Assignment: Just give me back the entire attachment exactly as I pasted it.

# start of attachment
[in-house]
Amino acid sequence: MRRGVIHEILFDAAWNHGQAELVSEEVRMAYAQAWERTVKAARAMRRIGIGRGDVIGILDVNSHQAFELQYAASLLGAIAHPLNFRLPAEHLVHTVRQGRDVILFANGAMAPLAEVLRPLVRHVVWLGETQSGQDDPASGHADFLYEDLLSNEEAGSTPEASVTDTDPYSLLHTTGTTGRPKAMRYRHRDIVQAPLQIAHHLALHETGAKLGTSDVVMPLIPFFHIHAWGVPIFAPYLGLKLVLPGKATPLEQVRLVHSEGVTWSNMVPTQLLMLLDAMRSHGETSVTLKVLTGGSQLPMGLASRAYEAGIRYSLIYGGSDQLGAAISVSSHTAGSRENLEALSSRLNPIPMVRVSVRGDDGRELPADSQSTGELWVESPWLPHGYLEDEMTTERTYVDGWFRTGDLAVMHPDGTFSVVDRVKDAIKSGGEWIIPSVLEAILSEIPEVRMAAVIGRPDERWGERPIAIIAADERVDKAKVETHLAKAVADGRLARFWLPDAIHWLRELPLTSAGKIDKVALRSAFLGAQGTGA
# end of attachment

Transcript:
[in-house]
Amino acid sequence: MRRGVIHEILFDAAWNHGQAELVSEEVRMAYAQAWERTVKAARAMRRIGIGRGDVIGILDVNSHQAFELQYAASLLGAIAHPLNFRLPAEHLVHTVRQGRDVILFANGAMAPLAEVLRPLVRHVVWLGETQSGQDDPASGHADFLYEDLLSNEEAGSTPEASVTDTDPYSLLHTTGTTGRPKAMRYRHRDIVQAPLQIAHHLALHETGAKLGTSDVVMPLIPFFHIHAWGVPIFAPYLGLKLVLPGKATPLEQVRLVHSEGVTWSNMVPTQLLMLLDAMRSHGETSVTLKVLTGGSQLPMGLASRAYEAGIRYSLIYGGSDQLGAAISVSSHTAGSRENLEALSSRLNPIPMVRVSVRGDDGRELPADSQSTGELWVESPWLPHGYLEDEMTTERTYVDGWFRTGDLAVMHPDGTFSVVDRVKDAIKSGGEWIIPSVLEAILSEIPEVRMAAVIGRPDERWGERPIAIIAADERVDKAKVETHLAKAVADGRLARFWLPDAIHWLRELPLTSAGKIDKVALRSAFLGAQGTGA